While it is a stretch to describe diverse, 21st Century Australia as a Christian country, the national data on religious identity from the 2011 Census shows the majority of Australians (61.1 percent) identify their religion as Christianity, a slight decline from 63.9 percent in the 2006 Census.
More than a quarter of the population (25.3 percent) identify as Catholic, with the second most common Christian affiliation being Anglican (17.1 percent) and third being the Uniting Church (5 percent).
The most common non-Christian religions were Buddhism (2.5 percent), Islam (2.2 percent) and Hinduism (1.3 percent). Not only is the total proportion of Australians identifying with a Christian denomination 24 times larger than the second most common religion (Buddhism), but Christianity is eight times larger than all non-Christian religions combined (7.2 percent).
The rise in no religion
The fastest growing religion as identified over the last two censuses has been Hinduism, which increased from 0.7 percent to 1.3 percent, an increase of 127,410 adherents. However, the biggest growth in total numbers has been the rise in no religion from 18.7 percent in 2006 to 22.3 percent in 2011, which represents an increase in more than 1 million people over this time, from 3.7 million to 4.8 million.
Such has been the rise in Australians selecting no religion, it is now the most common "belief" category in five of Australia's eight states and territories (Western Australia, South Australia, Tasmania, the Australian Capital Territory and the Northern Territory). Yet in both Victoria and Queensland, Catholic (26.7 percent and 23.8 percent respectively) comes ahead of no religion (24.0 percent and 22.1 percent) while in NSW, Australia's most religious state, both Catholic (27.5 percent) and Anglican (19.9 percent) are ahead of no religion (17.9 percent).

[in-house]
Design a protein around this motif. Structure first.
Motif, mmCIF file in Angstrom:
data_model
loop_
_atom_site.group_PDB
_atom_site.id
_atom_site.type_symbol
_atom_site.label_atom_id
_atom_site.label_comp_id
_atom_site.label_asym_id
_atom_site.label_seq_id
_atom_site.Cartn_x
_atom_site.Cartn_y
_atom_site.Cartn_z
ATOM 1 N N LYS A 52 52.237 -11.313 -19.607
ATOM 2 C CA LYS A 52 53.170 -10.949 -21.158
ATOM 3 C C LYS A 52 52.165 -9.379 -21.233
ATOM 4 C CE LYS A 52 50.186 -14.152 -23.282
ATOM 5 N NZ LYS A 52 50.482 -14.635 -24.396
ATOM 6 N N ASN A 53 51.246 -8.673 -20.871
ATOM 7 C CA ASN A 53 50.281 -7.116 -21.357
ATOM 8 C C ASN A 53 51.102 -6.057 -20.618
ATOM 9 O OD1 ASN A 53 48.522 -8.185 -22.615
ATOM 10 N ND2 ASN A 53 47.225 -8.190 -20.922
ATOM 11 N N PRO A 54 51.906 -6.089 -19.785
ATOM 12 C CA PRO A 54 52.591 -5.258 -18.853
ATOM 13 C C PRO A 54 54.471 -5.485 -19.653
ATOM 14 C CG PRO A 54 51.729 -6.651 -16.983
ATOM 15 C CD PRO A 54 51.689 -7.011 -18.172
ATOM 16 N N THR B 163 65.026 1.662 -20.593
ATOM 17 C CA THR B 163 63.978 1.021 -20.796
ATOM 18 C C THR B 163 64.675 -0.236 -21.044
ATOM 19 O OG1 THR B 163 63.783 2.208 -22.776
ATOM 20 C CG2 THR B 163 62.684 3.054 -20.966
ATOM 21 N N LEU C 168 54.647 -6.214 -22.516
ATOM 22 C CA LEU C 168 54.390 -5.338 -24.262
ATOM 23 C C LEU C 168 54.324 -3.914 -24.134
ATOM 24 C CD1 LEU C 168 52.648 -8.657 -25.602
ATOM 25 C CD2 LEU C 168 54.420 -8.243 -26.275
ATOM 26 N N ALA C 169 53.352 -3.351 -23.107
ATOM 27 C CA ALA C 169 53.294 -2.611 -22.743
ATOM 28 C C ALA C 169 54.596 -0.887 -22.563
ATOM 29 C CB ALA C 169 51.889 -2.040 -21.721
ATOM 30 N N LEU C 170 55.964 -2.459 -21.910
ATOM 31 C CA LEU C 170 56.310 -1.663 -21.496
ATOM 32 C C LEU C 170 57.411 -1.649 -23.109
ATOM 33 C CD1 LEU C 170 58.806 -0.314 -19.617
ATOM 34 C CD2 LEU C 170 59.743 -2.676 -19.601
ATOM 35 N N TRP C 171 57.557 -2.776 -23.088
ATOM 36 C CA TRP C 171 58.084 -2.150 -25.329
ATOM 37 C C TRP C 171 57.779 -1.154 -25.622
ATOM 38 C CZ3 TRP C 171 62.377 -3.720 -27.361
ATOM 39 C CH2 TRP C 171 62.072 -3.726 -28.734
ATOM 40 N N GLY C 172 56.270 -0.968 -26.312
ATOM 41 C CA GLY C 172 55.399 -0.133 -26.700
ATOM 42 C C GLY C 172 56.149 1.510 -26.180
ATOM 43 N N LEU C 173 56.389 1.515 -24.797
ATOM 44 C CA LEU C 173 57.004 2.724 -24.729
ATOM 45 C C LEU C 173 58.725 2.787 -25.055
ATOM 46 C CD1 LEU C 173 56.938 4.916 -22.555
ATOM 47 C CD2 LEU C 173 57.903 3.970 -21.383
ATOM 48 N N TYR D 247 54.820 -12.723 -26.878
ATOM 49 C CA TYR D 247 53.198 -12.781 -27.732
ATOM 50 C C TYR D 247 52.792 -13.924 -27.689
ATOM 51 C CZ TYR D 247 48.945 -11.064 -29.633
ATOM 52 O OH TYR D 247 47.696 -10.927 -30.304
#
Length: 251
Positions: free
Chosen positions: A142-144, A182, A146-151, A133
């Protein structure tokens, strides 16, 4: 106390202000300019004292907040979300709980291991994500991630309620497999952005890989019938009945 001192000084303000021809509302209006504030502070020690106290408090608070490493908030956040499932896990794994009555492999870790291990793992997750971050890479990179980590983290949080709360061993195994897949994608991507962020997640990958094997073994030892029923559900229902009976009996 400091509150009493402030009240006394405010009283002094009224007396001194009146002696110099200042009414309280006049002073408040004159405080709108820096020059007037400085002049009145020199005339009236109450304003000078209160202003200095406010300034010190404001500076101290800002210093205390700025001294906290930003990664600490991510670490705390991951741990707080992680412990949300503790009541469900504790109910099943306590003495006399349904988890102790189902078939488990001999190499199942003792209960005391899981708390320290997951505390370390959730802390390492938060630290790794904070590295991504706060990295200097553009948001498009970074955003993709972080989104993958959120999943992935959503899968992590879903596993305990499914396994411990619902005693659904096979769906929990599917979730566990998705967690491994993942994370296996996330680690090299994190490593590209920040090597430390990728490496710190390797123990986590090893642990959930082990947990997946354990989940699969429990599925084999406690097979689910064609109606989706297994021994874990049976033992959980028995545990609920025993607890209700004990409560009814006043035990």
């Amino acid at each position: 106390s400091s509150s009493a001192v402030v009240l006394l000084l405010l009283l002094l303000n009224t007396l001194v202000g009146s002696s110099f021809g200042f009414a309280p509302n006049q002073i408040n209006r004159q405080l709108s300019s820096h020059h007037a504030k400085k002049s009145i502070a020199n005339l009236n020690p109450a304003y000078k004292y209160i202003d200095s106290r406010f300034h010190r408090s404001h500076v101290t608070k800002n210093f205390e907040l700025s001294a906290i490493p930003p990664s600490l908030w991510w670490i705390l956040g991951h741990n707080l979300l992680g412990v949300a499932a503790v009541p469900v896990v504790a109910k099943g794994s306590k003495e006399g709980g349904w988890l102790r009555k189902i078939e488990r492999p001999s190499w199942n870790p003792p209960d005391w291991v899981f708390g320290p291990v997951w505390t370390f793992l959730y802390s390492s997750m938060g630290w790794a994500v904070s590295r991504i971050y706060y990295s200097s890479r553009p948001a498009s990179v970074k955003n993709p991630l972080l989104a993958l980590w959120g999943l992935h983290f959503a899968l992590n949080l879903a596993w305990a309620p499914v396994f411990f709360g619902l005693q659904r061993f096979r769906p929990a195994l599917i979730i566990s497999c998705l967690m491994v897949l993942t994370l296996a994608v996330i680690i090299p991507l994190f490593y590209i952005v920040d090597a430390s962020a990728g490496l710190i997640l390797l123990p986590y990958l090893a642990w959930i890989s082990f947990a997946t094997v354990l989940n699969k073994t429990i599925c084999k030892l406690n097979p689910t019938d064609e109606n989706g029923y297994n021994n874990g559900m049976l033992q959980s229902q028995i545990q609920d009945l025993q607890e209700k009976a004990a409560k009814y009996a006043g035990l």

Not only is NSW the most religious state but Sydney is Australia's most religious capital city, with those selecting no religion (17.6 percent) significantly lower than is found in Brisbane (22.8 percent), Adelaide (the city of churches -- 28.1 percent), Canberra (28.9 percent) and Hobart (29.4 percent) -- Australia's least religious capital.
Majority believe in God
Not only does most of Australia identify with Christianity, but more than half (55 percent) of the population believes in God, as defined as the Creator of the universe, the Supreme Being.
However, there are signs of fading belief in God, with the majority of the oldest generation aged over 70 believing in God (61 percent) along with the majority of the fifty- and sixty-something Baby Boomers (53 percent), compared to a slight minority of late thirty- and forty-something Gen Xers (46 percent) and Generation Y (41 percent). But less than 1 in 3 Gen Zs (31 percent) who are today's teenagers or in their early twenties, believe in God.
The most common category for Australians' belief in God is that they are believers who believe now and always have (47 percent) or, in second place, are non-believers who don't believe in God and never have (26 percent). Although, changers, who used to believe and now don't (18 percent) are twice as common as converters who believe in God now but didn't used to (8 percent).
1 in 6 Australians are church-goers
Regular church attendance has also been declining over the past few generations and has more than halved in around 4 decades, from 1 in 3 Australians (36 percent in 1972) to 1 in 6 currently (15 percent, National Church Life Survey 2011).
While in decline, the total numbers of churchgoers nationally total around 3.6 million Australians, which makes church much more attended than the other Australian religion -- professional sport. In fact, when thinking about this Easter weekend, 13 percent of Australians say they will definitely go to church, with an additional 10 percent stating that they probably will -- and if they all do, that's more than 4 million adults, plus many kids in tow.